Planning for Mitigation of Algae, Cyanobacteria, and Taste and Odor: The BJWSA Experience

Authors:

  • Erik Rosenfeldt - Hazen and Sawyer
  • Chris Petry - Beaufort-Jasper Water and Sewer Authority

Learn more about harmful algae blooms, monitoring, and treatment in our white paper.

A rare and intense algae related taste and odor event occurred in the BJWSA water supply system in December and January of 2013 / 2014. This event occurred in their water system served by the Chelsea Water Treatment Plant, which has historically not experienced major taste and odor events, and resulted in more than 200 odor related complaints. For a system that averages less than 10 calls a month related to taste and odor issues and has only experienced algae related taste and odor in the late summer/early fall, this event represented a major excursion and tested the patience and confidence of the Authority’s customers. In response, BJWSA took the proactive step to develop a project to take a holistic view of algae management and taste and odor control practices implemented to date and to identify possible improvements to these procedures and practices. BJWSA hired Hazen and Sawyer to assist with this evaluation and to develop a comprehensive algae and T&O management plan centered on managing algae and cyanobacteria populations in the water supply system and on treatment options for T&O at the system’s water treatment plants.

Hazen and Sawyer performed an evaluation of historical water quality monitoring and algae management strategies to identify opportunities for improvement in the current strategies, reviewed applicable strategies for algae, cyanobacteria, and T&O monitoring, mitigation and treatment, and presented recommended T&O control strategies. The study concluded that while mitigation and treatment techniques that are applied once a bloom has formed or T&O has been released to the water column can be important management tools, preventing cyanobacteria blooms from forming is often the most cost effective and holistic approach to controlling taste and odor. Tools developed in this evaluation and implemented by BJWSA include a monitoring plan such that BJWSA could identify system inputs of nutrients and algae promoting water quality conditions, along with an Alert Level Framework (ALF) designed specifically for the BJWSA water supply system to assist in monitoring and managing algae and cyanobacteria blooms, to avoid taste and odor events along with other cyanobacteria related water quality concerns.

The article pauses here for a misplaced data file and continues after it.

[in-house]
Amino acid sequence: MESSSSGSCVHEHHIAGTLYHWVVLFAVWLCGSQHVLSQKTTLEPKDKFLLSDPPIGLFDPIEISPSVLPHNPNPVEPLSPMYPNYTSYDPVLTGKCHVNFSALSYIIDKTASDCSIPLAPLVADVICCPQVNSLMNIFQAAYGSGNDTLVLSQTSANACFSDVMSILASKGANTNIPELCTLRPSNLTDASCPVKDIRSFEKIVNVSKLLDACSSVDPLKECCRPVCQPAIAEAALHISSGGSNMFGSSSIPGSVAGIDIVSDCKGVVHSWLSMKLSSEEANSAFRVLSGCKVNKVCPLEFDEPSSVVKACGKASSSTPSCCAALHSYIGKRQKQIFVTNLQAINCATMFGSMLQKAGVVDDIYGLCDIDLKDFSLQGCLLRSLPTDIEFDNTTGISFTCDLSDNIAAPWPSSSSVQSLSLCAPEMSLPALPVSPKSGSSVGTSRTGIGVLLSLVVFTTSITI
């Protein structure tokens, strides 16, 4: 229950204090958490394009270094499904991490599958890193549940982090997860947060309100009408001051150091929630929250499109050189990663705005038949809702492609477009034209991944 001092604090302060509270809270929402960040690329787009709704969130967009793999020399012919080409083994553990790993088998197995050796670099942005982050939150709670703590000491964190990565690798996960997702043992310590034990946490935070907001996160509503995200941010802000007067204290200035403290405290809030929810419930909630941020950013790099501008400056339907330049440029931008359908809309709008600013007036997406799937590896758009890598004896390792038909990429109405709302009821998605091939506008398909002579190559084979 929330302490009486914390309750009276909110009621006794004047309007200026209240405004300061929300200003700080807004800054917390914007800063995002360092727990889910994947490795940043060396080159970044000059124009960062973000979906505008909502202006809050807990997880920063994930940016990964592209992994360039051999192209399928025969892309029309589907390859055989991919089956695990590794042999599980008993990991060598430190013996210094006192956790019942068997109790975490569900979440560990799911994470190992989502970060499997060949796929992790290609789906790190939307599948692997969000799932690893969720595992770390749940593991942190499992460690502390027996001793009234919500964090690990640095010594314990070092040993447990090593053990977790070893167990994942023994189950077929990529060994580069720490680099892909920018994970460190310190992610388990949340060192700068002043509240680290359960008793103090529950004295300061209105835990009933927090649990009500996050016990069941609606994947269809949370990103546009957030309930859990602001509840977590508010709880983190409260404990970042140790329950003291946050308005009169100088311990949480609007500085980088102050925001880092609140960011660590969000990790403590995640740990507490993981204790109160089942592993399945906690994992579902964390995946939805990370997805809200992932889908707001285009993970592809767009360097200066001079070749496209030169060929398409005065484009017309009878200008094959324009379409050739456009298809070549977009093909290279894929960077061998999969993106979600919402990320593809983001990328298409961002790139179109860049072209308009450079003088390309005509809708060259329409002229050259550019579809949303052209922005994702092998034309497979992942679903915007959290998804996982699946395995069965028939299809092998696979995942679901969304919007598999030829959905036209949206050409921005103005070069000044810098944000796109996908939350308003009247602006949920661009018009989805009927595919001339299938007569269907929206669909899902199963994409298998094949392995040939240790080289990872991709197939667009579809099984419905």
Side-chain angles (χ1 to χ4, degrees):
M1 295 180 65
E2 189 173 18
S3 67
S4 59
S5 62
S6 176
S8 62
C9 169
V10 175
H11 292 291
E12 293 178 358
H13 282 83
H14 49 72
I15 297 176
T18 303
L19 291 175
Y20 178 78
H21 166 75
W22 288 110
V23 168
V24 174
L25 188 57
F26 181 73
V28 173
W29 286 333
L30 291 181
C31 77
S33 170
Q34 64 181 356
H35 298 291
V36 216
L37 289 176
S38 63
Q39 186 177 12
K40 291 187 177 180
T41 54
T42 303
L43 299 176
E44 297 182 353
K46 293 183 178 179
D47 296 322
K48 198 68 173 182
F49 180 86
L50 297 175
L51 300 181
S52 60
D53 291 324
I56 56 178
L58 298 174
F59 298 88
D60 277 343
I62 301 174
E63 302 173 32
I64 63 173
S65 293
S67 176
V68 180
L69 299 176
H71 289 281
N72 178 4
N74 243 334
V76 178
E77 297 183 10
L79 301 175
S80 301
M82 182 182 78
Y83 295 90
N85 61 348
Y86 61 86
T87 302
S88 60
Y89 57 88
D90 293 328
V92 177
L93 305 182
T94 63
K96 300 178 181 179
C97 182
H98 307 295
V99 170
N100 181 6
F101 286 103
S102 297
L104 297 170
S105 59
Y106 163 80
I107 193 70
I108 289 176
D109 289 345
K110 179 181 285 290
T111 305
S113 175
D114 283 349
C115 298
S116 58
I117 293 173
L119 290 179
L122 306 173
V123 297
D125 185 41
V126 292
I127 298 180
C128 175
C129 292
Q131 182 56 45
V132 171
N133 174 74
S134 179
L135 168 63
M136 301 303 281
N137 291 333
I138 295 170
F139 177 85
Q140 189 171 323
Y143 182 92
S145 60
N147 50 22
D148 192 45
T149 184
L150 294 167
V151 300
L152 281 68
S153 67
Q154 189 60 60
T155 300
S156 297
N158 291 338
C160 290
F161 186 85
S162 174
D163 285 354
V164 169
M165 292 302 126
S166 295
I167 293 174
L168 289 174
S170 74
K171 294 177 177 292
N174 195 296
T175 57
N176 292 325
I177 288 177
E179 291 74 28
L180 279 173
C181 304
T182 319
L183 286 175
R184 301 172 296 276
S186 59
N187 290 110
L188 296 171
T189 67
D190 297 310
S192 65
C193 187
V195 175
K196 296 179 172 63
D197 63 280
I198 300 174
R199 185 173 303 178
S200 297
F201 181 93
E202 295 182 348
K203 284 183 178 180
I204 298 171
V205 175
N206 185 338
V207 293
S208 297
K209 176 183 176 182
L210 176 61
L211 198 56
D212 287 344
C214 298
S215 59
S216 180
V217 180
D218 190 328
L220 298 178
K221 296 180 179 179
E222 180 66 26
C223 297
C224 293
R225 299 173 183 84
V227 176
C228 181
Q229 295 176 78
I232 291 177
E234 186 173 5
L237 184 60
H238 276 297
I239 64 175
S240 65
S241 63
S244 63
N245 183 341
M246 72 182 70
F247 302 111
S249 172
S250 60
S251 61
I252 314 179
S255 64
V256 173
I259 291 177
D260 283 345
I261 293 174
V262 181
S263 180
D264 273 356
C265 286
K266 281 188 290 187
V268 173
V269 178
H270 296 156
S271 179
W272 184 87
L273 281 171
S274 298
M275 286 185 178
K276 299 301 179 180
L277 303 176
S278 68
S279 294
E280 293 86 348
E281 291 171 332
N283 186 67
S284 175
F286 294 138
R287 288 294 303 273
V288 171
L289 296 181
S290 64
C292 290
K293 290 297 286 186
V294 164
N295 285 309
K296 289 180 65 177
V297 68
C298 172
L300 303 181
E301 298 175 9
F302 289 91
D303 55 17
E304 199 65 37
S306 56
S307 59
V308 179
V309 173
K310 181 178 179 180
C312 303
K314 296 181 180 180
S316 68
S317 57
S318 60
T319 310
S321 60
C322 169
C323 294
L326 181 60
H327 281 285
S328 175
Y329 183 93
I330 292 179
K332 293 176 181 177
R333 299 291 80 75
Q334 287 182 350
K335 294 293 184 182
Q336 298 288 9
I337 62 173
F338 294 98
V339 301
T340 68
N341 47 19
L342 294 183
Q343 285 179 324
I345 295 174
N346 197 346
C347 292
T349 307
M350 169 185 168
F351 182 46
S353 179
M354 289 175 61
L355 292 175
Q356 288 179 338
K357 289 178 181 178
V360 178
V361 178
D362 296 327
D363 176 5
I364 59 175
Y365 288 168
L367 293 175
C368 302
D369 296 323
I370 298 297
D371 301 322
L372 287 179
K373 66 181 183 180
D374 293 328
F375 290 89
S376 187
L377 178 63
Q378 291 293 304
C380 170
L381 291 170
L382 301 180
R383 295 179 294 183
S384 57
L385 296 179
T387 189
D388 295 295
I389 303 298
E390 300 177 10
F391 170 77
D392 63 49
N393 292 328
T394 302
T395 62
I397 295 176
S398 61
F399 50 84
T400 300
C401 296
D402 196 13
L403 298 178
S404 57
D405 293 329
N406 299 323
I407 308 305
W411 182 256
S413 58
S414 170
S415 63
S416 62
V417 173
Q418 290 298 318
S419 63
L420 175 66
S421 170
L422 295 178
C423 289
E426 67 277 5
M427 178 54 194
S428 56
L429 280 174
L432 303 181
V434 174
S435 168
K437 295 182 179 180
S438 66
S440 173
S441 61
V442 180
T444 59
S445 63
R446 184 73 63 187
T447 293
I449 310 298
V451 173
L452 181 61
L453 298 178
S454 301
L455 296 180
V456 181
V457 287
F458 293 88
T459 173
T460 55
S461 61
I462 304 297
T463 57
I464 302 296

This presentation will provide an overview and update of the project. BJWSA has implemented monitoring and management strategies, and used them to respond to elevated levels of algae and mitigate taste and odor events throughout the spring and summer of 2014, and this presentation will also present results from these endeavors.

For more information, please contact the author at erosenfeldt@hazenandsawyer.com.

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